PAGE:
Microkhan by Brendan I. Koerner

The Novelty of Schizophrenia

May 1st, 2009 · 3 Comments

An intriguing debate (PDF) over whether schizophrenia is a uniquely modern disease. Given the ailment’s genetic origins, Microkhan has long assumed that it’s been with our species since time immemorial. But based on their examination from 15th-century Islamic medical textbooks, a pair of South Carolina doctors disagree:

Serefeddin Sabuncuoglu (1385-1470) was a general physician who practiced during the 15th century in central Anatolia, which is now Turkey. Written in Turkish with Sabuncuoglu’s own calligraphy, Cerrahiyyetu’l-Haniyye (Imperial Surgery) is the first known illustrated textbook of surgery and contains colored, handmade miniatures of surgical techniques and instruments (6, 7). The book contains Sabuncuoglu’s
descriptions of numerous medical conditions and their treatments. Several neurological conditions, including migraine headaches, epilepsy, and tremor are described. The psychiatric conditions described are melancholy (mal-i hulya) and forgetfulness (unutsaguluk). We have carefully reviewed each illustration of Sabuncuoglu’s masterpiece and report that a description of a condition that resembles schizophrenia is not present.

In the rebuttal, it is claimed that schizophrenics may have been shunted into “hospital-villages” where they were essentially forgotten.

More on the search for schizophrenica’s genetic origins here. Microkhan is struck by the apparent link between the increasing complexity of modern life and the rise in schizophrenia diagnoses. Might environmental stress somehow “switch on” a genetic mechanism that creates paranoia and delusion?

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3 Comments so far ↓

  • Gramsci

    Some have identified nostalgia as a uniquely modern malady, tying it to the disorientation of time and space brought on by technology and capitalism. Microkhanners might like Svetlana Boym’s interesting book, which considers soldiers’ experiences during the Thirty Years War, supposedly when nostalgia started being described and designated.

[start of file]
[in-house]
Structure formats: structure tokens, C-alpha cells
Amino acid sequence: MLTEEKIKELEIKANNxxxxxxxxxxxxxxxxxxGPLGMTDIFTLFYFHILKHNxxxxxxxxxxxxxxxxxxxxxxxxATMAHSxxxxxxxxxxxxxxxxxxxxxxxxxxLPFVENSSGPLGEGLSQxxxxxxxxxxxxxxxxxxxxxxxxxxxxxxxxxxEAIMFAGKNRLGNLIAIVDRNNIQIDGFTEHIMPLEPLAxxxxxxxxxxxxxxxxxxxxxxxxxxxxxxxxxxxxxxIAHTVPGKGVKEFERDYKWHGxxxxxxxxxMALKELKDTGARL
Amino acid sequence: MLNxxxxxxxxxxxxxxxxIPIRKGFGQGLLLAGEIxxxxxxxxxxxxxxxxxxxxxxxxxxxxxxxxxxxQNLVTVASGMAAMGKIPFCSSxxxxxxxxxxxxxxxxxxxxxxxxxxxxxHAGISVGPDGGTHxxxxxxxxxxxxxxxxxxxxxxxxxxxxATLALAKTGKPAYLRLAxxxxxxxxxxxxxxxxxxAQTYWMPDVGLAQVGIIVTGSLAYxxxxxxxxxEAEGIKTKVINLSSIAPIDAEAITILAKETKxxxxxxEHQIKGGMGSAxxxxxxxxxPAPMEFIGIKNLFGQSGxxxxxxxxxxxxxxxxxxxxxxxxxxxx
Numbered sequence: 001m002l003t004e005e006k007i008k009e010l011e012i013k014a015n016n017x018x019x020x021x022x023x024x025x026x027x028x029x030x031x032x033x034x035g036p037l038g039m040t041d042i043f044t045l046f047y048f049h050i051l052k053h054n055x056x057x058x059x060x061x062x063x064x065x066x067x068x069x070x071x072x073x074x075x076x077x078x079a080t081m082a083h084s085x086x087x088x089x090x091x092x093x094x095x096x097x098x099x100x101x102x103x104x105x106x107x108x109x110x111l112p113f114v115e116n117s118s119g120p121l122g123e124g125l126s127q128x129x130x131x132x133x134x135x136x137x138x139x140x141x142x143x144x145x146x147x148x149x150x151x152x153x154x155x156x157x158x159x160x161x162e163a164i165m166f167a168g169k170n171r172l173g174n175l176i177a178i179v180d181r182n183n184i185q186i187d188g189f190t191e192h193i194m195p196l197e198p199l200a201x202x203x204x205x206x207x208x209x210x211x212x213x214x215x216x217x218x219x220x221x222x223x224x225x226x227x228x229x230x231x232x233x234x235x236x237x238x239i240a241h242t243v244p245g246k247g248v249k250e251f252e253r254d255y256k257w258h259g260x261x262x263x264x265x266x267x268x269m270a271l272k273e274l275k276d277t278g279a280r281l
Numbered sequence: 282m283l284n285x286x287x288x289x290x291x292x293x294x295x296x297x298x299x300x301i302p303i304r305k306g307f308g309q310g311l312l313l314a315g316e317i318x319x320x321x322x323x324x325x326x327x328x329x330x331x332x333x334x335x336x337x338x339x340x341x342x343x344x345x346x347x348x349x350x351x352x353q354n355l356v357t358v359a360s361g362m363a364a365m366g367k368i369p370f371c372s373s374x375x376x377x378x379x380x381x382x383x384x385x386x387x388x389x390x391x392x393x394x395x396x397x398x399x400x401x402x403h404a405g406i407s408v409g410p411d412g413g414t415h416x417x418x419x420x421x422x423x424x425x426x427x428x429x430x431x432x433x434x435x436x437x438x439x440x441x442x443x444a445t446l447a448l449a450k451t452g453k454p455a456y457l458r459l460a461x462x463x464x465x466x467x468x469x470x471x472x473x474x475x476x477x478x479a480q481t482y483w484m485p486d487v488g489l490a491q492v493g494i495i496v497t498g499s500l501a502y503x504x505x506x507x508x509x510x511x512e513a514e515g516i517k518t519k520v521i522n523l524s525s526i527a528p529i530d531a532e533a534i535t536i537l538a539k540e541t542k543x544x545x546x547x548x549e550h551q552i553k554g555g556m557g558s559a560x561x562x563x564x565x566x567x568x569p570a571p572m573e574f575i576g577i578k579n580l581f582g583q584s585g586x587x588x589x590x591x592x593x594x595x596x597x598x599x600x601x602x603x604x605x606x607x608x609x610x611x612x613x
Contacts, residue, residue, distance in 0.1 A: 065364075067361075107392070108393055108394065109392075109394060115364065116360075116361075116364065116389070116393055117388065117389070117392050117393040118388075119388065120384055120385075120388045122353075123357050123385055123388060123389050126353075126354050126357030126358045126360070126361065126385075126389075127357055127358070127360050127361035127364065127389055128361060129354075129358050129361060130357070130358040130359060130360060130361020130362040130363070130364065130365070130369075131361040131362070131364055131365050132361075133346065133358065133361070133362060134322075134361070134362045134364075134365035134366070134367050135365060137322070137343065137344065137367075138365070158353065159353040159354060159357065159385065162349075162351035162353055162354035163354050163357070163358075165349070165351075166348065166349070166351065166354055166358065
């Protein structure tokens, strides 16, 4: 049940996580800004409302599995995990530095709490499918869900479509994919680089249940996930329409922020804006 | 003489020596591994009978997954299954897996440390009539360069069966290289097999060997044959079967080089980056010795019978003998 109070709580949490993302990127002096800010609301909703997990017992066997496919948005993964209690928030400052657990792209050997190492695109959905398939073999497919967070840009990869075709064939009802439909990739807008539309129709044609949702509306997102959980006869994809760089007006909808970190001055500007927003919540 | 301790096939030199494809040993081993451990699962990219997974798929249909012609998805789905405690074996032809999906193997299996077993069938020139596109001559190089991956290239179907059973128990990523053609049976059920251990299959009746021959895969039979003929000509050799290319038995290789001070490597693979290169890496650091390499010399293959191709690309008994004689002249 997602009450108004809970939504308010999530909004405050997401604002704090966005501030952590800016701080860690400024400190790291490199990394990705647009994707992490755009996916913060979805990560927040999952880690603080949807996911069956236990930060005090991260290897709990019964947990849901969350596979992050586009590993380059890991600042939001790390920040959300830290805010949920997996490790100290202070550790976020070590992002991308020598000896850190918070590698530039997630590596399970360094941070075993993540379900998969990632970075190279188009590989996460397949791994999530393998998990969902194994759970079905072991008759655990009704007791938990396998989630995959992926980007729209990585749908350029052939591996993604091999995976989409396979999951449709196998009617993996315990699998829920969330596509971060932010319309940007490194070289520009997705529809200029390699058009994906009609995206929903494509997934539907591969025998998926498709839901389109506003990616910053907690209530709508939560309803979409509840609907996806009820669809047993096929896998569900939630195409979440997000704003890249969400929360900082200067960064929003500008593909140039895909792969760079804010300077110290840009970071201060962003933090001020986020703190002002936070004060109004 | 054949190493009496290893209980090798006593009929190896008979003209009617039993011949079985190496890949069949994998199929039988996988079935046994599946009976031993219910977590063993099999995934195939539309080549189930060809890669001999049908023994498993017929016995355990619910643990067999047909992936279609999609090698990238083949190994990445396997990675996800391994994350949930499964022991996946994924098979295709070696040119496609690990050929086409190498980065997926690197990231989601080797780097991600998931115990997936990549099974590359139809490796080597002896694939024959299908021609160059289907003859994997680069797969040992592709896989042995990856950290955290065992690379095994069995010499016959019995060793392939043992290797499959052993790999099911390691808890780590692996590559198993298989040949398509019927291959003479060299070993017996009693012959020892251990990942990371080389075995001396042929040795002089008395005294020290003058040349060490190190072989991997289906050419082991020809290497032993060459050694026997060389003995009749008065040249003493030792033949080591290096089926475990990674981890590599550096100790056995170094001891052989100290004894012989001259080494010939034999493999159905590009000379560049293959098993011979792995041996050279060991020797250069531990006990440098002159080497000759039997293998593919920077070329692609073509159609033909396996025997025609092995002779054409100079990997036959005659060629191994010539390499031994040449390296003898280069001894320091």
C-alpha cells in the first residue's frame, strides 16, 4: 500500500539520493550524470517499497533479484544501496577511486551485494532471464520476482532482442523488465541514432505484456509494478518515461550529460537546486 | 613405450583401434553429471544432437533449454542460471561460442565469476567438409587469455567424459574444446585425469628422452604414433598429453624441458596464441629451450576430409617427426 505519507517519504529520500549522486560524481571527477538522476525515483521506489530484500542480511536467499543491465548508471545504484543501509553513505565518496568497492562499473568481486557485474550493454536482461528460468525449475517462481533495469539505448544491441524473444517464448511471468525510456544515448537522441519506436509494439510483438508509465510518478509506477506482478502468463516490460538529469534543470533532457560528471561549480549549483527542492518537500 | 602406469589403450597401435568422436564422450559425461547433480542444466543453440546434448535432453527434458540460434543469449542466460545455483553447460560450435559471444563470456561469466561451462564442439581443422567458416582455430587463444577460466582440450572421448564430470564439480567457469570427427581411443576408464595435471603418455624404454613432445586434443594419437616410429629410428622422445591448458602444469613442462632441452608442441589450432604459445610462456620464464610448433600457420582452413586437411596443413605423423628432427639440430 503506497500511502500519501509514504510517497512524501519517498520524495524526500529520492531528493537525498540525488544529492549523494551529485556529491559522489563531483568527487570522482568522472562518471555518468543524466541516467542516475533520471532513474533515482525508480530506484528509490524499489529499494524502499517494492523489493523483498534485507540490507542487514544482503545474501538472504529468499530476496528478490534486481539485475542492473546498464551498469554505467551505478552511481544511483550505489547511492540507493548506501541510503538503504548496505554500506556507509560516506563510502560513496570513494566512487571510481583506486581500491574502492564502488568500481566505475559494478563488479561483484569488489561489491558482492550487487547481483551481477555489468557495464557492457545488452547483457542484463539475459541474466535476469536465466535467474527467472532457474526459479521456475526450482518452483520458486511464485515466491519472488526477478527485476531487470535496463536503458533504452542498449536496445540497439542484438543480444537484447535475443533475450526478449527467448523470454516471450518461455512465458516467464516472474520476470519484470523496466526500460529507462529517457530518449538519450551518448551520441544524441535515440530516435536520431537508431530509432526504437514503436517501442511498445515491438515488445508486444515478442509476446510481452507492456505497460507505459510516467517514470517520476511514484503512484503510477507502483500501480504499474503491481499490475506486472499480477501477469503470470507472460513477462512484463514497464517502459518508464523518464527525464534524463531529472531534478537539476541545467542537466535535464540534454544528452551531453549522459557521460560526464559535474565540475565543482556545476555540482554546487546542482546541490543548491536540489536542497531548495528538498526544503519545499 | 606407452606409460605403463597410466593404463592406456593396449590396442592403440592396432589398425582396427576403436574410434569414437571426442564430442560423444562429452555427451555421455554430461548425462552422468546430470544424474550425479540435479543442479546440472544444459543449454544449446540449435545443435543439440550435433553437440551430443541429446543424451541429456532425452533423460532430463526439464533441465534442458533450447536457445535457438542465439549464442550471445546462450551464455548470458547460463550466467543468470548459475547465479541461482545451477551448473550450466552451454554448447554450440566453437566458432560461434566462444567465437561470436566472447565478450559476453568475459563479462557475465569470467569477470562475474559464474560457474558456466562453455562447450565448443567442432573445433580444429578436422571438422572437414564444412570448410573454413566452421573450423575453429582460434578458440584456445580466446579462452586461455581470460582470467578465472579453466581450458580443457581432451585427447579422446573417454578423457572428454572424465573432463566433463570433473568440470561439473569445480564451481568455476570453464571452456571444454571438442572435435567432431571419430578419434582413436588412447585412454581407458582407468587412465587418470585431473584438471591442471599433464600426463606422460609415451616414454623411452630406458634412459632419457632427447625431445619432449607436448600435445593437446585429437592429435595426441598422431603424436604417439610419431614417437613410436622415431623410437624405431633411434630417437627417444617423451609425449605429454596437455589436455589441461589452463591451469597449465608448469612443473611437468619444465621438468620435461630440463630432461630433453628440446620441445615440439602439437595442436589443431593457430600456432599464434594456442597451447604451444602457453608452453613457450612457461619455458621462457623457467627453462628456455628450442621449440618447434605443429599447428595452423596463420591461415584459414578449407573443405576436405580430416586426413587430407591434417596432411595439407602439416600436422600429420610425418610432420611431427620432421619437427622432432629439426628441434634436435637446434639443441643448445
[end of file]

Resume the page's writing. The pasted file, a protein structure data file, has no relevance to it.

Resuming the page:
http://books.google.com/books?id=7BbTJ6qVPMcC&pg=PA7&lpg=PA7&dq=nostalgia+mind+sickness&source=bl&ots=XTyG7OaiRG&sig=CldeOtxqYCzbtC_qfuIOcjb78o0&hl=en&ei=ZQD7SYDeKpqxtgfryYy7BA&sa=X&oi=book_result&ct=result&resnum=7

  • Jordan

    Personally, I’m intrigued by evidence pointing to infections by the parasite Toxoplasma gondii. Beyond correlational studies, it already known that T. gondii causes behavior effects in rats. Rats infected with T. gondii are less afraid of cats, which makes them more likely to be eaten. This is because the parasite needs to be transferred to a cat to complete its life cycle. Secondly, there was a study that found that many anti-psychosis medications were as effective as anti-T. gondii medications in preventing behavioral effects in infected rats. Lastly, many of those anti-psychotic medications were found to kill T. gondii in culture.

    http://www.schizophrenia.com/sznews/archives/002967.html

    While I’m going to guess that this is a case of genetics interacting with the environment, in this case an infection, it’s an interesting new layer in what we know about mental health.

  • Brendan I. Koerner

    @Gramsci: The Thirty Years War is about as Microkhan as you can get. Thanks for the link.

    @Jordan: I’ve actually been toying with some magazine feature ideas re: schizophrenia (which explains my interest here). Hadn’t yet come across the T. gondii theory–thanks for passing it along. Raises an interesting point: Are there any prophylactic measures folks can take to protect themselves (or, more accurately, their children) from the parasite? And how does the theory tie into the typical late-adolescent onset of the disease?

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